Southeastern Colorado was known as the northernmost boundary of New Spain in the sixteenth century. By the late 1800s, the region was U.S. territory, but the majority of settlers remained Hispanic families. They had a complex history of interaction with indigenous populations in the area and adopted many of the indigenous methods of survival in this difficult environment. Today their descendants compose a vocal part of the Hispanic population of Colorado.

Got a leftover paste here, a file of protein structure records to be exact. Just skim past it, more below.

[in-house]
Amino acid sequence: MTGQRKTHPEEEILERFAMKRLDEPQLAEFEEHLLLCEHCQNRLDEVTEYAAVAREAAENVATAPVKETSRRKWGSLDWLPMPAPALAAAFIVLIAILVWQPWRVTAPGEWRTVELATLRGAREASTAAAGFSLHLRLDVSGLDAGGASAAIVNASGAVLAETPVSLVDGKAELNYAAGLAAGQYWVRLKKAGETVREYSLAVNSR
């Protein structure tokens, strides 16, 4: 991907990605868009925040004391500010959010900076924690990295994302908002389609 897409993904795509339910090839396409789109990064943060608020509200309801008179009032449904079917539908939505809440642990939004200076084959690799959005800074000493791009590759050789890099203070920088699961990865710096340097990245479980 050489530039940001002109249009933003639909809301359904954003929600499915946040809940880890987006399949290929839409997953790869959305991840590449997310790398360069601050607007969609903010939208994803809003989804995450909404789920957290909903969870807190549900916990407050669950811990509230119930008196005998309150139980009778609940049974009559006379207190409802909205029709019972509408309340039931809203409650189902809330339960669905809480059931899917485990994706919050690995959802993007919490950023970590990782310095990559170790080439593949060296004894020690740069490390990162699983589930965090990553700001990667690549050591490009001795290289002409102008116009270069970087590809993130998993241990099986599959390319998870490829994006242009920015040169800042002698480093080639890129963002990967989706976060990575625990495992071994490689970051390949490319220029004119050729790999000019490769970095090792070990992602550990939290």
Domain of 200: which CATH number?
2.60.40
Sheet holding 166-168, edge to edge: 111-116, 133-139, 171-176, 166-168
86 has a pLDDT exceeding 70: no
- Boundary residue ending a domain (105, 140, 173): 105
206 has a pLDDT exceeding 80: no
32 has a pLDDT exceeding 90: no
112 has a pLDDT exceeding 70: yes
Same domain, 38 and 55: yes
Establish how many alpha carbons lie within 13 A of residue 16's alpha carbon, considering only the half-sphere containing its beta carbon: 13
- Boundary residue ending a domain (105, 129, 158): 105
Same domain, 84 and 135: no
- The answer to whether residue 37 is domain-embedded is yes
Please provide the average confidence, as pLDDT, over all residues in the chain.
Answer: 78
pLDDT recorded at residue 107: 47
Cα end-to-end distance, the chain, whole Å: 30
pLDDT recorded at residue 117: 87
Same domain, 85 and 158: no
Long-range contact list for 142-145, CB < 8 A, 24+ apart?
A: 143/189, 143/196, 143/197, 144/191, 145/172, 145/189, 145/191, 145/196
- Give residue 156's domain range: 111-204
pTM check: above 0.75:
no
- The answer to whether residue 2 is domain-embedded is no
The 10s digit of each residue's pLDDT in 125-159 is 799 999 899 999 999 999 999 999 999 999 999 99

Bonnie J. Clark investigates the unwritten history of this unique Hispanic population. Combining archaeological research, contemporary ethnography, and oral and documentary history, Clark examines the everyday lives of this population over time. Framing this discussion within the wider context of the changing economic and political processes at work, Clark looks at how changing and contesting ethnic and gender identities were experienced on a daily basis. Providing new insights into the construction of ethnic identity in the American West over hundreds of years, this study complicates and enriches our understanding of the role of Hispanic populations in the West.